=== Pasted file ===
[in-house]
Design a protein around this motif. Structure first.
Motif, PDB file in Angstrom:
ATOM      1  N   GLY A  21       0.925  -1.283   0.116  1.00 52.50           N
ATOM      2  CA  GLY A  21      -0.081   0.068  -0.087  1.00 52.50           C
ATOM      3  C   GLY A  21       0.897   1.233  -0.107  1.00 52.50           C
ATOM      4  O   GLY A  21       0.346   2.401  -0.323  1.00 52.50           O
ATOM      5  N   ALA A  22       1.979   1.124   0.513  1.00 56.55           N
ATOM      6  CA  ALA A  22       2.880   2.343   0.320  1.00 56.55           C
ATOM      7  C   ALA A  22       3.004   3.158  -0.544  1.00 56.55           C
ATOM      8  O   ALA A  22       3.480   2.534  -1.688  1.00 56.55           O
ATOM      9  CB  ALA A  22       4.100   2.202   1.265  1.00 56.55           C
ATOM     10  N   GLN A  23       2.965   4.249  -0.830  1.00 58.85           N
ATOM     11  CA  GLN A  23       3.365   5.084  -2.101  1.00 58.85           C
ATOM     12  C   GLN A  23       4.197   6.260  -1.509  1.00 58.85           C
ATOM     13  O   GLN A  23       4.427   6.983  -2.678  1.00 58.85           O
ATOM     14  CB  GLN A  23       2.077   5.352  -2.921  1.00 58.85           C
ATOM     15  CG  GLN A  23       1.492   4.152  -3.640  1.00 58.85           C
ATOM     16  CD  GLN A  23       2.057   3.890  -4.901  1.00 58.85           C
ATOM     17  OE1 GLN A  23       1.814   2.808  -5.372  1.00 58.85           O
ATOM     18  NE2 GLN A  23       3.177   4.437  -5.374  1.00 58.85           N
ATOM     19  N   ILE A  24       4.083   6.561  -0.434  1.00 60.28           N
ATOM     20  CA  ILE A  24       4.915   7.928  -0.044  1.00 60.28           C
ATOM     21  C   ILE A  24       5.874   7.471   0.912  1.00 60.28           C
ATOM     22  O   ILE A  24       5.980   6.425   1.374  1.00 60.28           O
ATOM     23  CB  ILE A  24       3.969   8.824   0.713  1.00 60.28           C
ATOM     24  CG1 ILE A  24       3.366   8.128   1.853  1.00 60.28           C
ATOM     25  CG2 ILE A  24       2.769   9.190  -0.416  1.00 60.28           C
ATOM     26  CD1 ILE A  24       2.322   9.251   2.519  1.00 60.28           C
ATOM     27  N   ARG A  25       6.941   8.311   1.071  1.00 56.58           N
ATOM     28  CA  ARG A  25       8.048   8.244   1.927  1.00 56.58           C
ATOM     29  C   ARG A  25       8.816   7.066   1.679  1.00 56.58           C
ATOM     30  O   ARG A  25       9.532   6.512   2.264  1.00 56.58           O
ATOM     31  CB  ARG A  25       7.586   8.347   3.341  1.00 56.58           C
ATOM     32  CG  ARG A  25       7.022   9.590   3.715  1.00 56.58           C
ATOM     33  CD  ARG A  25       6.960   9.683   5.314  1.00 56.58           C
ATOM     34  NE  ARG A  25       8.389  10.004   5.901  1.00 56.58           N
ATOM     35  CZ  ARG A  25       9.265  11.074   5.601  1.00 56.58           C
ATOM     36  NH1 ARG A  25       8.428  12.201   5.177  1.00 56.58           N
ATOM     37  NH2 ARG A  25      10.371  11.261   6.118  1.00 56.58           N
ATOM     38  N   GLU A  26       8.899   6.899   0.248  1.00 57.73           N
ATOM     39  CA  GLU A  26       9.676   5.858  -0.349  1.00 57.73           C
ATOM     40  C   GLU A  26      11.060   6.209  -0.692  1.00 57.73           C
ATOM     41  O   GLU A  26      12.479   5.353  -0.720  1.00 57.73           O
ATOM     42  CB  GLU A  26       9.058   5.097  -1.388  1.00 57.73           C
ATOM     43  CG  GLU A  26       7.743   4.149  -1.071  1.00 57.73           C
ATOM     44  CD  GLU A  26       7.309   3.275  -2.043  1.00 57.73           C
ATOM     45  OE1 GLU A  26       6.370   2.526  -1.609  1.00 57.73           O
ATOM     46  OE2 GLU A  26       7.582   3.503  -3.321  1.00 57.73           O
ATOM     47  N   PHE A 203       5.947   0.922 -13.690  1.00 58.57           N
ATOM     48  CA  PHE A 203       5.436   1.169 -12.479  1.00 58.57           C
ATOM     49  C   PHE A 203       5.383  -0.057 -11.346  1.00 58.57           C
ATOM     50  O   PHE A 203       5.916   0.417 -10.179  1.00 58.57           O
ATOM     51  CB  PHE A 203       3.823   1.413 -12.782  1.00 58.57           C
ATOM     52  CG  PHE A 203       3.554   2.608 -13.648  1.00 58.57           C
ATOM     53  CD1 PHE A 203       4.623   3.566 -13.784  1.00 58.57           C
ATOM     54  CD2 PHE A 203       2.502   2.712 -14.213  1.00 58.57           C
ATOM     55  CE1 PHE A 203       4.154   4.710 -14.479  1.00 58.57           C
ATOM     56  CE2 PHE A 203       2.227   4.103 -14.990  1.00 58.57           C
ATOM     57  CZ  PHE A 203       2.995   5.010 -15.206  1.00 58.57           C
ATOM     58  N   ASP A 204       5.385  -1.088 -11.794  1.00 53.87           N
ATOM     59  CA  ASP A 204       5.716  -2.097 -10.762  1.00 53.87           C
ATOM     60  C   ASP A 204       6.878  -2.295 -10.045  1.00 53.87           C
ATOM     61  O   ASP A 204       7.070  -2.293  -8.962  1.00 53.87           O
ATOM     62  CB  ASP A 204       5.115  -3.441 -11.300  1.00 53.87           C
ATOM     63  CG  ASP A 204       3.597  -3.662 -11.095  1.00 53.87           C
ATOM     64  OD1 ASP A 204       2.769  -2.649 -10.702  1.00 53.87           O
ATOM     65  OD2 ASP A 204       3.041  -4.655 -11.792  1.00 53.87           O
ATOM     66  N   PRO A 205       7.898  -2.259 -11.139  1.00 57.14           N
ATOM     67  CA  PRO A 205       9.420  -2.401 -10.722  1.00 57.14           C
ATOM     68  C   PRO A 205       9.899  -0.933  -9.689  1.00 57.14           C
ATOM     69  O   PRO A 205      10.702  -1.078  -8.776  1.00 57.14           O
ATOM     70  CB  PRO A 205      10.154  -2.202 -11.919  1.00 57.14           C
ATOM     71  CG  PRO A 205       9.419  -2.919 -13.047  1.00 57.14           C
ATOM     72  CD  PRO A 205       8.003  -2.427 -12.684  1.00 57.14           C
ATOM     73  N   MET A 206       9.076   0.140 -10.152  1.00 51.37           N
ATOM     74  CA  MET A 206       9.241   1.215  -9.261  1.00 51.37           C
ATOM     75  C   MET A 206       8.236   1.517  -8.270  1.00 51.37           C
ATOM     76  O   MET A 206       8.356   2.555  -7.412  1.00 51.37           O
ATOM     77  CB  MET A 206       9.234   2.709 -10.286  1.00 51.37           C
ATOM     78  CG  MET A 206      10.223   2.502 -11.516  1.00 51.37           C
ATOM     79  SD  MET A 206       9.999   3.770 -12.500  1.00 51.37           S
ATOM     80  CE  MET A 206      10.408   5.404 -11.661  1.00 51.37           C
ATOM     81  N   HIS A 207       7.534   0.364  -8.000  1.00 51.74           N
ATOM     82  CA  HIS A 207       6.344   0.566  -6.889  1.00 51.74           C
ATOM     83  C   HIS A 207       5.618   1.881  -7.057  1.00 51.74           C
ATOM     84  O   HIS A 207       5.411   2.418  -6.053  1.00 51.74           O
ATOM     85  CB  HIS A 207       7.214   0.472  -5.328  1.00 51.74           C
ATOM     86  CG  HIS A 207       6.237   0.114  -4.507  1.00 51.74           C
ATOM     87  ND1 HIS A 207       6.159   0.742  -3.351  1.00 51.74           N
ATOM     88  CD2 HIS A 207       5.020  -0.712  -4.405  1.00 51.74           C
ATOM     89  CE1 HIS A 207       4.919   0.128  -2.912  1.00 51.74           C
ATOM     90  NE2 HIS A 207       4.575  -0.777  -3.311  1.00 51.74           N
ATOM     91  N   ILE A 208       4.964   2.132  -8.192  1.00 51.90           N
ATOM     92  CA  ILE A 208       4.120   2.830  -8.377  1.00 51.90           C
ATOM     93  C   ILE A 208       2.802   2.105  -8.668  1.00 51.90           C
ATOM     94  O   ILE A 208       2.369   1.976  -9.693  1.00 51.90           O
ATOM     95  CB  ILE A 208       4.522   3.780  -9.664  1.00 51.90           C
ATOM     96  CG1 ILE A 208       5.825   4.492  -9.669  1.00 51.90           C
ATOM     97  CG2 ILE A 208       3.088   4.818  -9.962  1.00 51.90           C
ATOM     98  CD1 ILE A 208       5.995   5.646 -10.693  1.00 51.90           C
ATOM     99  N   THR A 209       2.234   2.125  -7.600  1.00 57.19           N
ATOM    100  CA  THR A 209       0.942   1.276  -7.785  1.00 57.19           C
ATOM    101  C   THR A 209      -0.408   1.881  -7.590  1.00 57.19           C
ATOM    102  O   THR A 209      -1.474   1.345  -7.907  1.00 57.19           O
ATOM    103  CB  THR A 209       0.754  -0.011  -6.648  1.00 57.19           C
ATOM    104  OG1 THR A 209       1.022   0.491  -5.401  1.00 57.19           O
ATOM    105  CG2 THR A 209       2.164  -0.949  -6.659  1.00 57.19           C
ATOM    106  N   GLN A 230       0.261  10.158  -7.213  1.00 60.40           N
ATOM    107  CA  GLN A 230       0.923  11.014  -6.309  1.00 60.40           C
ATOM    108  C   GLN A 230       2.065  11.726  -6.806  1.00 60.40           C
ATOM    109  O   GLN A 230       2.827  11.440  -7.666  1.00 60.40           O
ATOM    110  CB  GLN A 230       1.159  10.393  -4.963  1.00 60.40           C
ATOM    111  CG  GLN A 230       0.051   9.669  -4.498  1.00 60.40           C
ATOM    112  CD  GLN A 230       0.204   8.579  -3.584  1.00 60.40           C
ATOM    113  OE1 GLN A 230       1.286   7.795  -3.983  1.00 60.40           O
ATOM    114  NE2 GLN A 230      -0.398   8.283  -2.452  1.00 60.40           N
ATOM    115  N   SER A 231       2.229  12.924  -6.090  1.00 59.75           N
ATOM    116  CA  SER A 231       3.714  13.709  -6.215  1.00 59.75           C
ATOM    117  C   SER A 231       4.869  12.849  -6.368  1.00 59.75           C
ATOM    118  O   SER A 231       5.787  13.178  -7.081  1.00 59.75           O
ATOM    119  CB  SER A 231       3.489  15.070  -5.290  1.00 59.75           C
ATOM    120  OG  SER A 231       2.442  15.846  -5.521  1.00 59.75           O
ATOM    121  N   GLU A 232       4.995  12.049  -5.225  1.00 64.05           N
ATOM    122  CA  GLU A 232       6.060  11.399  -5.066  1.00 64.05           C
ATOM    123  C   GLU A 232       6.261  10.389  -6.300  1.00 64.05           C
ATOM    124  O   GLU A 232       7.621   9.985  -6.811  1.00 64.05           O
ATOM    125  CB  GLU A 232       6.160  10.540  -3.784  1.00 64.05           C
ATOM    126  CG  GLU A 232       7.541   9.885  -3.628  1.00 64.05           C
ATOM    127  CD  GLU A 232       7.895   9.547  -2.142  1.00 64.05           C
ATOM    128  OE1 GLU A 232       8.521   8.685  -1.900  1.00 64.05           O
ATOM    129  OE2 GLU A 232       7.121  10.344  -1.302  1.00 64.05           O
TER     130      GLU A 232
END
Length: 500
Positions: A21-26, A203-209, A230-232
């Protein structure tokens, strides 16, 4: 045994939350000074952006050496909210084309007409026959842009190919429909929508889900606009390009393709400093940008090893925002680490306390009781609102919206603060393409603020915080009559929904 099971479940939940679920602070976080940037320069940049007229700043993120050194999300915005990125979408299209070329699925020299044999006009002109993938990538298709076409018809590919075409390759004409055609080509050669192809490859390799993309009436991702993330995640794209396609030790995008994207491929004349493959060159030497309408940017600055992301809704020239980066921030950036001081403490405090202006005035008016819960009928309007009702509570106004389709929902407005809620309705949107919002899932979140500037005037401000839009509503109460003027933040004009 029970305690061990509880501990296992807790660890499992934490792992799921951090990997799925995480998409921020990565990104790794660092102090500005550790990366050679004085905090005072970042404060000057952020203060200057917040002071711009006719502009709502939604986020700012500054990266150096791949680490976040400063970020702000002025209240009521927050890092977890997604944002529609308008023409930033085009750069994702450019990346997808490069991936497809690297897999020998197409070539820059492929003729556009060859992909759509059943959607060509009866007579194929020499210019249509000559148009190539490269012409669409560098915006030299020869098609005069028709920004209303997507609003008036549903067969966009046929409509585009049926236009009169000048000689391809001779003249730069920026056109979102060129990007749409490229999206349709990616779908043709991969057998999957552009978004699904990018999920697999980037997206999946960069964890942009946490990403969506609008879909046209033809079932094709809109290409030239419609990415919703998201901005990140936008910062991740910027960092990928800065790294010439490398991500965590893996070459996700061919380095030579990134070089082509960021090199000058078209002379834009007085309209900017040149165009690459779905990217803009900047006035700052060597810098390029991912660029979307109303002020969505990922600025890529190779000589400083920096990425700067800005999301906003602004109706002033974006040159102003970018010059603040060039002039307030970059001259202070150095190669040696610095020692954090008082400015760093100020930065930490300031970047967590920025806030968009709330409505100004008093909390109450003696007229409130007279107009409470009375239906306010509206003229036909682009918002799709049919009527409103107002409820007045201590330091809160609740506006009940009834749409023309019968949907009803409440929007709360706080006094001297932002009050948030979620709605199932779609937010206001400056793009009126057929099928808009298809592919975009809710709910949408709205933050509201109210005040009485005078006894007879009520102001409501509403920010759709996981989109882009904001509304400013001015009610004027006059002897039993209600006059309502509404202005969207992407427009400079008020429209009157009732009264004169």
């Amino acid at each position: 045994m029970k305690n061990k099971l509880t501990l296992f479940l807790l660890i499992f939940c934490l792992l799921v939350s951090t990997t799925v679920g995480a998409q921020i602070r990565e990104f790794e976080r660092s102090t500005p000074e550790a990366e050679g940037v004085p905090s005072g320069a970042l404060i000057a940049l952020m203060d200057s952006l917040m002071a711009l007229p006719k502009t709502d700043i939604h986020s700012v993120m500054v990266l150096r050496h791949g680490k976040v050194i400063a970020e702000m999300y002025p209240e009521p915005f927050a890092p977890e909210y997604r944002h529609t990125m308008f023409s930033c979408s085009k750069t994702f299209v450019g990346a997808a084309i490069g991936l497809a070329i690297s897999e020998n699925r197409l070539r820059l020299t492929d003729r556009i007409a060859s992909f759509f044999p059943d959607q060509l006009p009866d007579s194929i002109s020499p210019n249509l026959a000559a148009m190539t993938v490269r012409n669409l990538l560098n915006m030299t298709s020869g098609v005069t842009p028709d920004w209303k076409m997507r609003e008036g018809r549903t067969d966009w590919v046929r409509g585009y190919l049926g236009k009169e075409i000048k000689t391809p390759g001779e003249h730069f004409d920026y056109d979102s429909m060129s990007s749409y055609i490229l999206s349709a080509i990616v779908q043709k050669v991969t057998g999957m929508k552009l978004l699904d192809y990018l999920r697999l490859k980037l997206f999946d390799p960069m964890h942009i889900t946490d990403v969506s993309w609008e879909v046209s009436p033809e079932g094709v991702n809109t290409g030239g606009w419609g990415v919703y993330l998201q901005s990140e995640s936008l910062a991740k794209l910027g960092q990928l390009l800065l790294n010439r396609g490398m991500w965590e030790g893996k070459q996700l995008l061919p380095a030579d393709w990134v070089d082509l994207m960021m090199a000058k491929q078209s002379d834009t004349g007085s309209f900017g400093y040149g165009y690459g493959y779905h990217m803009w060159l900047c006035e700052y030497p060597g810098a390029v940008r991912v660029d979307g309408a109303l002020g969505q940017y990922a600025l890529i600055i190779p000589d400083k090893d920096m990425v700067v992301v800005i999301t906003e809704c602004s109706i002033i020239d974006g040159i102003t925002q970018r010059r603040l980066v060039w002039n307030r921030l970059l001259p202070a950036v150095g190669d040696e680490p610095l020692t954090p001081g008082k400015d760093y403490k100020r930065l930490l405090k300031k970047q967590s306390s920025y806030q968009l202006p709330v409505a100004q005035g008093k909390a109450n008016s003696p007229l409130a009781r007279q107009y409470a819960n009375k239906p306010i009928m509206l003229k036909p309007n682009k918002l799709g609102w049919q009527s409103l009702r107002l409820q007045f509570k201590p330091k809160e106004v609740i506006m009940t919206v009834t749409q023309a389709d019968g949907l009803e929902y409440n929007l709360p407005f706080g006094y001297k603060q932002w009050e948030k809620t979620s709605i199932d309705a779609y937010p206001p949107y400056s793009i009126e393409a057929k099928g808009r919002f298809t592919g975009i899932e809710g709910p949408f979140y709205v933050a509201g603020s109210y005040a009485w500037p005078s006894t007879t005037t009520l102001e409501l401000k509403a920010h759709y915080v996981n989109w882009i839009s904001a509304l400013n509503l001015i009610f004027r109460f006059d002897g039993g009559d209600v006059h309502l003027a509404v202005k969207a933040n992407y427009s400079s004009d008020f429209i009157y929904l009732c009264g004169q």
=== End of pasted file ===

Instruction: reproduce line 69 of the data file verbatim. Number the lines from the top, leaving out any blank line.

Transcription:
ATOM     66  N   PRO A 205       7.898  -2.259 -11.139  1.00 57.14           N